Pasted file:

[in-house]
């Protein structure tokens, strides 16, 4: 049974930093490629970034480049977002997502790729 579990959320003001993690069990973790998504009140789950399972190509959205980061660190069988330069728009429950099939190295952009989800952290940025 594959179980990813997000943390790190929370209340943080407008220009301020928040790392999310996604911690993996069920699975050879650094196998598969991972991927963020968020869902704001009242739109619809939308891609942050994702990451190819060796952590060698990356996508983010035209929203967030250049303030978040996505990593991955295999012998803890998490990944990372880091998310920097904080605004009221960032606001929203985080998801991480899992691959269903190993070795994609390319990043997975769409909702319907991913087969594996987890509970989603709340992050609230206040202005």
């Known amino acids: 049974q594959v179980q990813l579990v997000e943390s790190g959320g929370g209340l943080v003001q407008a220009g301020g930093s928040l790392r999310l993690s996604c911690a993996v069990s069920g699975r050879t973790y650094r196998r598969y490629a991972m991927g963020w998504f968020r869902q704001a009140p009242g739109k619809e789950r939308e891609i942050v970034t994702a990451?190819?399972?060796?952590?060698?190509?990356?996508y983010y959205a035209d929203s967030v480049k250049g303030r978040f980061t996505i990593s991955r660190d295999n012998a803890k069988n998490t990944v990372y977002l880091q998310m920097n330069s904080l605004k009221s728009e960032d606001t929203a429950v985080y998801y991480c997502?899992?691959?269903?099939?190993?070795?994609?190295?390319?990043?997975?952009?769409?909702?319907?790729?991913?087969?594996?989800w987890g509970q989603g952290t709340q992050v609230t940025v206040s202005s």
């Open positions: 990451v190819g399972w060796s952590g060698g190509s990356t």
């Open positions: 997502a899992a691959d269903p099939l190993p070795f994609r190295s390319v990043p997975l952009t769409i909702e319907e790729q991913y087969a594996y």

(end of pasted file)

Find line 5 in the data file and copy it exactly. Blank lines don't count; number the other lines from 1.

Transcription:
């Open positions: 997502a899992a691959d269903p099939l190993p070795f994609r190295s390319v990043p997975l952009t769409i909702e319907e790729q991913y087969a594996y």